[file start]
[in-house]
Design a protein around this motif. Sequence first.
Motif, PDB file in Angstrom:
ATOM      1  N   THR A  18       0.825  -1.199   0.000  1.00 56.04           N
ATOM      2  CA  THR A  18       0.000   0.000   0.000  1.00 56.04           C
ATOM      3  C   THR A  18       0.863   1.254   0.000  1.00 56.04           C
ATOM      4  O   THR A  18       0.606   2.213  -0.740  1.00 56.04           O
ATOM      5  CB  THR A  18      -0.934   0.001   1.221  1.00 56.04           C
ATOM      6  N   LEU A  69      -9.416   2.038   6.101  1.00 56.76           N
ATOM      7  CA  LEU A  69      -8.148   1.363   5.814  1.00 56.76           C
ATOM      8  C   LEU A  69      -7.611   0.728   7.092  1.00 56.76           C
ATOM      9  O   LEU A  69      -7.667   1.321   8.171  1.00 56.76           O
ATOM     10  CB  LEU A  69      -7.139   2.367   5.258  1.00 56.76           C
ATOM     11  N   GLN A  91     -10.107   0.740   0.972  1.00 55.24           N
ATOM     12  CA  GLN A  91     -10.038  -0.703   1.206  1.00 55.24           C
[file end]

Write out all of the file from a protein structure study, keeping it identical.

[in-house]
Design a protein around this motif. Sequence first.
Motif, PDB file in Angstrom:
ATOM      1  N   THR A  18       0.825  -1.199   0.000  1.00 56.04           N
ATOM      2  CA  THR A  18       0.000   0.000   0.000  1.00 56.04           C
ATOM      3  C   THR A  18       0.863   1.254   0.000  1.00 56.04           C
ATOM      4  O   THR A  18       0.606   2.213  -0.740  1.00 56.04           O
ATOM      5  CB  THR A  18      -0.934   0.001   1.221  1.00 56.04           C
ATOM      6  N   LEU A  69      -9.416   2.038   6.101  1.00 56.76           N
ATOM      7  CA  LEU A  69      -8.148   1.363   5.814  1.00 56.76           C
ATOM      8  C   LEU A  69      -7.611   0.728   7.092  1.00 56.76           C
ATOM      9  O   LEU A  69      -7.667   1.321   8.171  1.00 56.76           O
ATOM     10  CB  LEU A  69      -7.139   2.367   5.258  1.00 56.76           C
ATOM     11  N   GLN A  91     -10.107   0.740   0.972  1.00 55.24           N
ATOM     12  CA  GLN A  91     -10.038  -0.703   1.206  1.00 55.24           C